“But there are poor people!”

Well…it turned out about the way I thought it would.  And, surprise surprise, it’s a song and dance we’ve already heard.

Chick-Fil-A Appreciation Day has come and gone, and surprised pretty much everybody by the sheer turnout, but one particular response was waiting in the wings.

Almost immediately, memes and soundbytes started showing up on Facebook and elsewhere, all with one theme:









And that is supposed to settle that.

Sad to say, it doesn’t.  Here’s why.

This is not an argument.  It is a preposition masquerading as an argument.

An argument requires at least another preposition and a conclusion.  There is neither a second premise, or a conclusion, to this; it is adrift, bereft of force and consequence, and we are left to our own devices to figure out where this is rhetorically supposed to lead.

As rhetoric, it is perhaps clever, but it is not an argument.

But let’s treat it like the argument it’s pretending to be, and see where it leads, to see if it might be salvaged.  Ignoring for the moment a second premise, let’s say that the conclusion is “Therefore, Christians shouldn’t speak out on issues like Same-Sex Marriage until they help the homeless/poor/oppressed/etc.”

Oh.  Well.  So much for salvaging it.  Turns out it’s a red herring.

But it’s a guilt-trip red herring.  And it hinges on an assumption that no one in their right mind would agree to: that Christians cannot speak at all about controversial social issues, or whatever issue is at hand–frequently this ‘argument’ is made regarding abortion, too–until XYZ issue, completely unrelated to the issue at hand, is “satisfactorily” or permanently resolved singlehandedly by Christians.

In case that doesn’t look absurd enough: How many homeless/poor/whatever people must be served before someone can make a statement about a moral issue?  One?  Five?  Ten?  One hundred?  Every last one?

Yeah, it really does look that absurd to those of us who see it for the bad argument it really is.  But let’s not end there.  I love a good argumentum ad absurdam as much as anyone, and since this one is already absurd, let’s make it as absurd as possible.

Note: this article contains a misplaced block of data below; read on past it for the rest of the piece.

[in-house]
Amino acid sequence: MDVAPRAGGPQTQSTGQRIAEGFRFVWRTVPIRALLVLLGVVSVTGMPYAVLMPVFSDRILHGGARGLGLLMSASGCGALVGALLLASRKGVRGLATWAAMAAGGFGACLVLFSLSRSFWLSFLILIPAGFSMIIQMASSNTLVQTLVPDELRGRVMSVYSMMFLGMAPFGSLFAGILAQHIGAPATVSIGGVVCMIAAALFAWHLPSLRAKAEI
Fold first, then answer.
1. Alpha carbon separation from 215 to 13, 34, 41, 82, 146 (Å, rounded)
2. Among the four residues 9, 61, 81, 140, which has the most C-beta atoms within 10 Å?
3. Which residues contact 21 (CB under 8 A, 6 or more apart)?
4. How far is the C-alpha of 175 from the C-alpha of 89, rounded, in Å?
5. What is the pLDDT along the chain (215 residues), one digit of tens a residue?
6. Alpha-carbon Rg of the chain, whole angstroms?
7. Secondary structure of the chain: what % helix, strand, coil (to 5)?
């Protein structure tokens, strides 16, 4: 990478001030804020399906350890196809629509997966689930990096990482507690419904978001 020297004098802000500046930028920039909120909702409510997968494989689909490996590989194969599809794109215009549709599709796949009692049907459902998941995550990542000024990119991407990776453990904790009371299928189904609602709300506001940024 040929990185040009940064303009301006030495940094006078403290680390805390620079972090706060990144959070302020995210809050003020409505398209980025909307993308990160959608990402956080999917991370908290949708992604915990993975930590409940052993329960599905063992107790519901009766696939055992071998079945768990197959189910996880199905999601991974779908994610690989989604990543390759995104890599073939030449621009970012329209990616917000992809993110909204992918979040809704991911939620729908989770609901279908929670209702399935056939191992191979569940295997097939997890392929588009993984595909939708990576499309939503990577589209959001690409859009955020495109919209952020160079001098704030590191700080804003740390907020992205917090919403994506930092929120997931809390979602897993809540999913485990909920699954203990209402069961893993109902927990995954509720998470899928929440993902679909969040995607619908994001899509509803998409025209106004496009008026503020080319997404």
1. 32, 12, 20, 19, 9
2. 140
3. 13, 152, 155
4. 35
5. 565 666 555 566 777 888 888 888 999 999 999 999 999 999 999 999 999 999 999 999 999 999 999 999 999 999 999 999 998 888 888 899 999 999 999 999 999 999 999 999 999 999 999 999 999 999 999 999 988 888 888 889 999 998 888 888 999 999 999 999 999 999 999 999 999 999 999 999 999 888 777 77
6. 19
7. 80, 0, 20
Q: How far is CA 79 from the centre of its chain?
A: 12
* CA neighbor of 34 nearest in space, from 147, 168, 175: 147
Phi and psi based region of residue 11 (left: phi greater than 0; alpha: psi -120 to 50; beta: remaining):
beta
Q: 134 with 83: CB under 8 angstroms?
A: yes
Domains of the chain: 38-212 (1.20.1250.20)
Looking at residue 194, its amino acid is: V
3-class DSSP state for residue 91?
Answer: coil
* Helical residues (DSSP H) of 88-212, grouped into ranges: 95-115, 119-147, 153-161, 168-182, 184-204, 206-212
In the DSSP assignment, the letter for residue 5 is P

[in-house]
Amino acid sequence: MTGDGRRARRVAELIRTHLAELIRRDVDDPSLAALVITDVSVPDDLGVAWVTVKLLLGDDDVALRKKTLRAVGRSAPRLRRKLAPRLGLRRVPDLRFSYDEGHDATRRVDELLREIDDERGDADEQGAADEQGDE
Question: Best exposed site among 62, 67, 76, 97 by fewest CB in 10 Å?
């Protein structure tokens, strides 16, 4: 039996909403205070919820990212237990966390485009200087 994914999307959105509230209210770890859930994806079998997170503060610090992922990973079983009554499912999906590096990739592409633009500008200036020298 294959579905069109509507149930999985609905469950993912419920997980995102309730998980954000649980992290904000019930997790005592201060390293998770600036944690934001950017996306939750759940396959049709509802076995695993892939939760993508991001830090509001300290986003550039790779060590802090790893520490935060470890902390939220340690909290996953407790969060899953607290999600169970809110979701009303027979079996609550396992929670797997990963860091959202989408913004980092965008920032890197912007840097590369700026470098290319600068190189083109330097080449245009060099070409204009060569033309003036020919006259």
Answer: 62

Let’s say that every last chicken sandwich, waffle fry, and lemonade were given away to the hungry and homeless.  How would that affect what someone who supports SSM think of Christians who oppose SSM?  It wouldn’t.  It’s a completely separate issue.  Does the Muslim practice of Zakat, or alms-giving, temper our reaction to the regional practice of female genital mutilation?  And if they help as many of the poor as they can, does that mean that they can practice FGM?  No.  It’s another issue.  Don’t fall for a (questionable) premise posing as an argument.

Are Christians inconsistent?  You bet.  Do Christians fail, a lot?  You bet.  Does it mean they’re wrong about SSM?  There’s no way to know from the recipient of a chicken sandwich.

Did Jesus say to feed the hungry and care for the poor?  Yes.  But He also reiterated the ordination of marriage as given by God, ideally and only between a man and a woman, as given in Genesis 1.

3 thoughts on ““But there are poor people!”

  1. Funny, I don’t see anywhere on that little meme that says “here, this is an argument”. It is a statement. An observation. And it seems as though you would like to go ahead and pretend that someone has used this meme as an argument for debate, just so that you could treat it like a poorly compiled argument, and argue with it. Way to go waste you time, my time, and even more of my time to tell you that you’ve wasted it. There are just as many pointless memes with a picture of some Caucasian guy covered in blood to represent Jesus of Nazareth and has some inspirational words along the lines of “like and share if you love Jesus, keep scrolling if you love Satan.”. So, are you prepared to argue that this is valid argument? If not, are you then prepared to argue that you do not knowingly and intentionally ignore those Christian memes to attack anything which would disagree with your beliefs? Just curious….
    The real question is this,”How many of these “Christian” chicken lovers spread the gospel every day, rather than when it is convient to jump in line and appear holier than thou for an afternoon before returning to their normal, utterly God forsaken lives?”

    • If you’ve written a response that thought-out, I would hardly say it’s a waste of time. That said…

      “So, are you prepared to argue that this is valid argument? If not, are you then prepared to argue that you do not knowingly and intentionally ignore those Christian memes to attack anything which would disagree with your beliefs? Just curious….”
      Those memes aren’t worth my time, sorry. I’m under no obligation to answer all the stupid in the world, nor is it under the particular ethical spectrum that I prefer to deal with. I also cannot be said to “intentionally ignore them,” since I have commented on them on Facebook. They’re a guilt trip, to be sure, but a very simple guilt trip. This one is more complex…but not by a whole lot. I think it’s worth my time to speak out on things, particularly ethical issues, and prevent my friends from falling for horrible argumentation. I think I’ve achieved that objective this time, judging from the responses I’ve gotten elsewhere.

      Now, I want to know two things.

      1. What constitutes an ‘attack’ on the beliefs of others?

      2. How would you answer your own question?

  2. It’s called the “all-or-nothing” fallacy – Christians (or at least the people in the photo) are said to spend all of their time protesting homosexual bigotry or none at all. The meme, of course, also ignores any negative social consequences of homeless shelters, including the subsidization of poverty (lowering the opportunity cost of homelessness).

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